Fedexia joins the LRT

Berman et al. 2010
brought us a new trematopid amphibian, Fedexia striegeli (Figs. 1-3; CM 76867; late Carboniferous; 300 mya; est. .6m long). Not quite matching the Berman et al. study, the large reptile tree (LRT, 1326 taxa) nests Fedexia at the base of the clade including Tambachia and Ecolsonia. This appear to be due to taxon exclusion

Figure 1. Fedexia skull in several views.

Figure 1. Fedexia skull in several views from Berman et al. 2018. 11.5 cm in length.

Firsthand observation
initially mistook the exposed teeth for a fern frond. The naris is elongated, covering a majority of the lateral rostrum. The orbit appears to be taller than wide, but when calipers are placed on it, the horizontal and vertical are identical. A small notch appears between the ventral premaxilla and maxilla. The lateral premaxillary teeth are enlarged to fangs.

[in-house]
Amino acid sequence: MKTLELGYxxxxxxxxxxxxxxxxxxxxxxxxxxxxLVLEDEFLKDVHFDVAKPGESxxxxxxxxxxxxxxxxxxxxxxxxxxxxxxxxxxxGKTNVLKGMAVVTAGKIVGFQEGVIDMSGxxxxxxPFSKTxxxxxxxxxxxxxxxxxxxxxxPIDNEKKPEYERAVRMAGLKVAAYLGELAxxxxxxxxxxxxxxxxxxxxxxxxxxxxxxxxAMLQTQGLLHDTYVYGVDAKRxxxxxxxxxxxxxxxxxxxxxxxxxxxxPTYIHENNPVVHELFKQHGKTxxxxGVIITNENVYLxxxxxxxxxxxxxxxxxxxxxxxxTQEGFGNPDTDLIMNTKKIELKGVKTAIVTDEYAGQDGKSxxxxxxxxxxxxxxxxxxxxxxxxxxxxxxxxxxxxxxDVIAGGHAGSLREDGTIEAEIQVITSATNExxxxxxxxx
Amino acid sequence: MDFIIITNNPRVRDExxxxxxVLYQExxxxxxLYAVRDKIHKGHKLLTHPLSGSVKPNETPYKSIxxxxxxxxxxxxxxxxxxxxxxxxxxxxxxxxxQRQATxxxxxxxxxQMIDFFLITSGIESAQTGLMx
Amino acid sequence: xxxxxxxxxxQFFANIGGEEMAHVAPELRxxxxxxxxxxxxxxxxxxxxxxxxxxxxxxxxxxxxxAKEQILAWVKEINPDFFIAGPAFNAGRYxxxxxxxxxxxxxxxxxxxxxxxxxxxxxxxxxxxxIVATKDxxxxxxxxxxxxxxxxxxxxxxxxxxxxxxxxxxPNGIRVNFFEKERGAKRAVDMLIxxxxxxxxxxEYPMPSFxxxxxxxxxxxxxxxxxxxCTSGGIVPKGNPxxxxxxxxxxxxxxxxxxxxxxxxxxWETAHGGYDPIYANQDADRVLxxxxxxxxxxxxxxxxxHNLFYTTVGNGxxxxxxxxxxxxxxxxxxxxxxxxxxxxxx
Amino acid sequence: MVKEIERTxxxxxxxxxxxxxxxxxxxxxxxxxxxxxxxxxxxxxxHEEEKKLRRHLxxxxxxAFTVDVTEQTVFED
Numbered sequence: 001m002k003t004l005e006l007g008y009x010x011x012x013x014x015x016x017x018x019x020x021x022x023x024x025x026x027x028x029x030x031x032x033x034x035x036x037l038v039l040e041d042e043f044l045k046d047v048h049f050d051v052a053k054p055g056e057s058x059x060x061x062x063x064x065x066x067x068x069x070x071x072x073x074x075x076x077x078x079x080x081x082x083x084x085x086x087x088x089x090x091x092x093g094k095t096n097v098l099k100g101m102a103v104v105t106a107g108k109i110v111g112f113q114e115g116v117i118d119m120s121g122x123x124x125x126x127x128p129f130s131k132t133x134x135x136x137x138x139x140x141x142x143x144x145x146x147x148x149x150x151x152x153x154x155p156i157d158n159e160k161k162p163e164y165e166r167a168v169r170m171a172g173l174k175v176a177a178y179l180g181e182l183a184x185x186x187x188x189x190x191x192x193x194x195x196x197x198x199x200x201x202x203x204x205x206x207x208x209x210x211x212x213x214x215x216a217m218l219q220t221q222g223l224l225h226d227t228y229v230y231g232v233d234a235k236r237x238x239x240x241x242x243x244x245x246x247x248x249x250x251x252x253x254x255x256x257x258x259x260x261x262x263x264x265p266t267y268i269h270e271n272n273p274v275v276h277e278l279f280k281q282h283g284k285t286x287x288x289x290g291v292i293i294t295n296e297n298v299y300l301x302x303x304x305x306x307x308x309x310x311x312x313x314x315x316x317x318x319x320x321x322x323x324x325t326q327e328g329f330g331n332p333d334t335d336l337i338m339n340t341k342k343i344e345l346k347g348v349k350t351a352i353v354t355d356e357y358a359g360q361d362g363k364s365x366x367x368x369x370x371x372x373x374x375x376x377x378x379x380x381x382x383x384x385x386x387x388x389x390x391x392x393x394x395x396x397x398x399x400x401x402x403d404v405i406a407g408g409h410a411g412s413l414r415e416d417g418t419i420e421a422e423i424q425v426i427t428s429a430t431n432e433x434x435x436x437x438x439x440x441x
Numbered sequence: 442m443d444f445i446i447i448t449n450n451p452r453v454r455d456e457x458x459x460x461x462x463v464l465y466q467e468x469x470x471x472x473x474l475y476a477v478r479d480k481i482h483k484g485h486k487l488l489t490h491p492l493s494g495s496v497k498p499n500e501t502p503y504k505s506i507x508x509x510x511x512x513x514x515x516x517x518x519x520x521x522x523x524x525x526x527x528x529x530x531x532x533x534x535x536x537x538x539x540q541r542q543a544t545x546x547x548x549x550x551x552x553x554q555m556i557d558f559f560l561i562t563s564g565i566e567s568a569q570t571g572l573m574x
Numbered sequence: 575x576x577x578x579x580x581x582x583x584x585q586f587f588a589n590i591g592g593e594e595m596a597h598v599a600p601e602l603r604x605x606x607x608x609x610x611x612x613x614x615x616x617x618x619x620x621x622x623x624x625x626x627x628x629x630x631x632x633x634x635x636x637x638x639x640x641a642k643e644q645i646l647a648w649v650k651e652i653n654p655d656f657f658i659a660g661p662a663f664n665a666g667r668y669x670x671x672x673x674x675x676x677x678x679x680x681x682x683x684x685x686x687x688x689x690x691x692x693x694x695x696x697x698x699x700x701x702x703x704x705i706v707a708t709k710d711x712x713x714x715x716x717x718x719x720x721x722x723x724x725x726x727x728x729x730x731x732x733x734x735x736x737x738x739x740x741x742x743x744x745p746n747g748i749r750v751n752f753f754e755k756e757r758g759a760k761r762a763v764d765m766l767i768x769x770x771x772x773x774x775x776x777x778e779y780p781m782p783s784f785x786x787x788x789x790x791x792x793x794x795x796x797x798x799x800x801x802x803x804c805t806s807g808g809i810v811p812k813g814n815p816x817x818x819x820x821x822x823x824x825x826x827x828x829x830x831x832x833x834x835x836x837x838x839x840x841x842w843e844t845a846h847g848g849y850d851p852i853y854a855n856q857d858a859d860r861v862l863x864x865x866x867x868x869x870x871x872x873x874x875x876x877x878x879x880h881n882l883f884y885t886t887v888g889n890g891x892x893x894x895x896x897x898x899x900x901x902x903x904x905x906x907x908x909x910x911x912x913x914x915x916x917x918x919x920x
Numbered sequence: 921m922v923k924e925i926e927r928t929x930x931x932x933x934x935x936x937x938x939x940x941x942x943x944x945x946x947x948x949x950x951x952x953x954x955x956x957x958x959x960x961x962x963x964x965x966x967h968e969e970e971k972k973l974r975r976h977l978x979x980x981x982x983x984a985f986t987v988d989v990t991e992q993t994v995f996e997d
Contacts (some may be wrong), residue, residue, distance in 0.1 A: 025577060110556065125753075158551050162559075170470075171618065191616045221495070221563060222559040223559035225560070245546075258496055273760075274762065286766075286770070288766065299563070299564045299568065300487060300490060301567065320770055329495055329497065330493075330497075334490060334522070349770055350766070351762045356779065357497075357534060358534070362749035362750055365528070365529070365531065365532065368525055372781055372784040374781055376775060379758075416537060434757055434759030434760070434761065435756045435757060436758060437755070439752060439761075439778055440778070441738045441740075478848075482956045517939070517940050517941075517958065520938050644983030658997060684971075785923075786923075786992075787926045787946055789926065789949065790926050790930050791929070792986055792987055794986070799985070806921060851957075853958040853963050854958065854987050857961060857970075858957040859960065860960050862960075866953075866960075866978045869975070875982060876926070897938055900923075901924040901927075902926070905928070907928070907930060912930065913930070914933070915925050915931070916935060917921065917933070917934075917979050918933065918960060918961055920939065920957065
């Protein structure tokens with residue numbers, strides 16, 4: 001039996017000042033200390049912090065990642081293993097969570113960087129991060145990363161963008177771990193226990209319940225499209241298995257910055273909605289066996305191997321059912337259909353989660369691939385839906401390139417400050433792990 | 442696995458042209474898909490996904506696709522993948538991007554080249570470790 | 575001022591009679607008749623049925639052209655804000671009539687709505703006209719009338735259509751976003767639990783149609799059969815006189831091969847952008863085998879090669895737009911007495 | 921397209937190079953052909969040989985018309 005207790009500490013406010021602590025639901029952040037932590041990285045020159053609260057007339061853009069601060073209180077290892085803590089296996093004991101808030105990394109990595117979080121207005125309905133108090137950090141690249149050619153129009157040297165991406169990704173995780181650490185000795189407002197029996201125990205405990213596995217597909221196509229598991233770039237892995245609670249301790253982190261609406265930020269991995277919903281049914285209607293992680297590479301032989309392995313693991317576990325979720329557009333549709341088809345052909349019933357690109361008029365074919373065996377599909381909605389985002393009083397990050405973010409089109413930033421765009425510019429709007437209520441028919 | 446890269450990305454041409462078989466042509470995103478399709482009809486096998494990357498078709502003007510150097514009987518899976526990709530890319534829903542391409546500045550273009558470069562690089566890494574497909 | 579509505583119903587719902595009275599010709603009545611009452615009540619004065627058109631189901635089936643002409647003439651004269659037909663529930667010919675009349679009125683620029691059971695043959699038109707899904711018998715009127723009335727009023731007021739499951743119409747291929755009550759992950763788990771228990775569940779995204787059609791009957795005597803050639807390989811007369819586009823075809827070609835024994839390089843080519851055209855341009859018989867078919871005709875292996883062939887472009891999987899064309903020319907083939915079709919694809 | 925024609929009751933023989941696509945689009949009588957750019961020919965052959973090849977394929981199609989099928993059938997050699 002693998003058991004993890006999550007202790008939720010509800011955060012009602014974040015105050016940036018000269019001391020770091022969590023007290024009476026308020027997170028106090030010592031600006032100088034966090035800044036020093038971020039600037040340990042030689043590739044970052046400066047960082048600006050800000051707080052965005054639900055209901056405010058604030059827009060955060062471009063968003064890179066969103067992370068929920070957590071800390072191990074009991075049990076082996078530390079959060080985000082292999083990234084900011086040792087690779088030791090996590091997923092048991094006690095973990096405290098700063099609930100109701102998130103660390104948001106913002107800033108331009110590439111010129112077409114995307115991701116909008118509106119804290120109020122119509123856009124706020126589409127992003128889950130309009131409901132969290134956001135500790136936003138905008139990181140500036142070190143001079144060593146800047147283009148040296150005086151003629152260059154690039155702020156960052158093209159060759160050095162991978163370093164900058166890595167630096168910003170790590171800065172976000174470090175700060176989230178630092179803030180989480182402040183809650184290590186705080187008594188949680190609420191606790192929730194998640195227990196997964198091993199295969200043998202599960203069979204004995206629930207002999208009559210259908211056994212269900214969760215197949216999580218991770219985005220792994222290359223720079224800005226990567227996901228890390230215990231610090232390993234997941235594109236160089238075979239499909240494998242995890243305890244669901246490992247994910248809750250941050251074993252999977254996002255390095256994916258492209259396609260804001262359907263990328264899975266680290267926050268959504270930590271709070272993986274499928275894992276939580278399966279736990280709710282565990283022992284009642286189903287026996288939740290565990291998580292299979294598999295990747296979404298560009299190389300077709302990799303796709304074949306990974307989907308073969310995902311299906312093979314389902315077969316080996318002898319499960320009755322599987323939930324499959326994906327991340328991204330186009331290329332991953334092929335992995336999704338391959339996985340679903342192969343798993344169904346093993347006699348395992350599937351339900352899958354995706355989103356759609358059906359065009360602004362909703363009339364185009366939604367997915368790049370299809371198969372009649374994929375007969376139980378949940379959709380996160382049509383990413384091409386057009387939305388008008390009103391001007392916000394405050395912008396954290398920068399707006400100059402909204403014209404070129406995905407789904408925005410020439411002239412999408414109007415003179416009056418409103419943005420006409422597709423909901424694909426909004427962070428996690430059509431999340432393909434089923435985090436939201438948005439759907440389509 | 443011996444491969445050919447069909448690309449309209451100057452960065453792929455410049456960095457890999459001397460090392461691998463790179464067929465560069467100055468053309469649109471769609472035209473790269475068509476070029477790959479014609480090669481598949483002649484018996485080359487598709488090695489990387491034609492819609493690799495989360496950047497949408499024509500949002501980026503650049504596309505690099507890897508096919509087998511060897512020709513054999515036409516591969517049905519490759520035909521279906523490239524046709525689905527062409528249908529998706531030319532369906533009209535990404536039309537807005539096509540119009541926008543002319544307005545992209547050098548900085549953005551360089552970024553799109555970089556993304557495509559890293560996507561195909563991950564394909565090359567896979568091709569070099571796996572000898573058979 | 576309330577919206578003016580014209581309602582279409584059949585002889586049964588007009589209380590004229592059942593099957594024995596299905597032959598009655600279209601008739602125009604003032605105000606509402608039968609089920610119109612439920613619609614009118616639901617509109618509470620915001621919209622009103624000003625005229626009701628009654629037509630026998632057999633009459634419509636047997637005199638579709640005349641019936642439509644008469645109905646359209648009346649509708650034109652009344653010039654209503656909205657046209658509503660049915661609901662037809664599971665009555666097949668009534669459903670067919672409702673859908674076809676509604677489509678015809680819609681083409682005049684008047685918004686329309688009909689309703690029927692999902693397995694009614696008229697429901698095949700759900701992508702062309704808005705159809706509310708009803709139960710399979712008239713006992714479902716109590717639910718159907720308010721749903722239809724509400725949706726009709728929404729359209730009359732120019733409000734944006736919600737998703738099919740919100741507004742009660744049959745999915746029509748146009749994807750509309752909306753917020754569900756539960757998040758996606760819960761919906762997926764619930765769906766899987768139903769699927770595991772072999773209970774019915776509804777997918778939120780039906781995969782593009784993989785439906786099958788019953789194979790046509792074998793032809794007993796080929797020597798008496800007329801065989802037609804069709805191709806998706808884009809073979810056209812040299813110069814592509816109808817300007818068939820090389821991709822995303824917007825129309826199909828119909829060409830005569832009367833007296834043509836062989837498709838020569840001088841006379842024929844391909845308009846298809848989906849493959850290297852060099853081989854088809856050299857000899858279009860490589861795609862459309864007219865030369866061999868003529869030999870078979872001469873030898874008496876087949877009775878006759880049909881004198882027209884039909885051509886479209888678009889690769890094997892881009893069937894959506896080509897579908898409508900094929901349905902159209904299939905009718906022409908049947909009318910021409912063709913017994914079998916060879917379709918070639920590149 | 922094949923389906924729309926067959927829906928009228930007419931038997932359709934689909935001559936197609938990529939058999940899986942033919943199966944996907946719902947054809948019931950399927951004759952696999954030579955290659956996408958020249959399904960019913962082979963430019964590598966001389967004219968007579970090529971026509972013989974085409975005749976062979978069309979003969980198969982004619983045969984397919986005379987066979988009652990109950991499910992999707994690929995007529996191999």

Figure 1. Fedexia overall, from Berman et al., 2010.

Figure 2. Fedexia overall, from Berman et al., 2010.

Sister taxa
like Ecolsonia and Tambachia (Fig. 3) are similar in size and overall morphology.

Figure 3. Fedexia to scale alongside sisters Tambachia and Ecolsonia.

Figure 3. Fedexia to scale alongside sisters Tambachia and Ecolsonia. Note the large nares with a long lacrimal at the ventral margin, The quadratojugal may enclose all three taxa as it does in Ecolsonia.

Figure 4. Subset of the LRT focusing on amphibians including the frog, Rana. Fedexia nests here with Tambachia and Ecsolina.

Figure 4. Subset of the LRT focusing on amphibians including the frog, Rana and the salamander, Andrias. Fedexia nests here with Tambachia and Ecolsonia.

References
Berman DS, Henrici AC, Brezinski DK and Kollar AD 2010. A new trematopid amphibian (Temnospondyli: Dissorophoidea) from the Upper Pennsylvanian of western Pennsylvania: earliest record of terrestrial vertebrates responding to a warmer, drier climate PDF. Annals of Carnegie Museum. 78 (4): 289–318. doi:10.2992/007.078.0401

https://en.wikipedia.org/wiki/Fedexia

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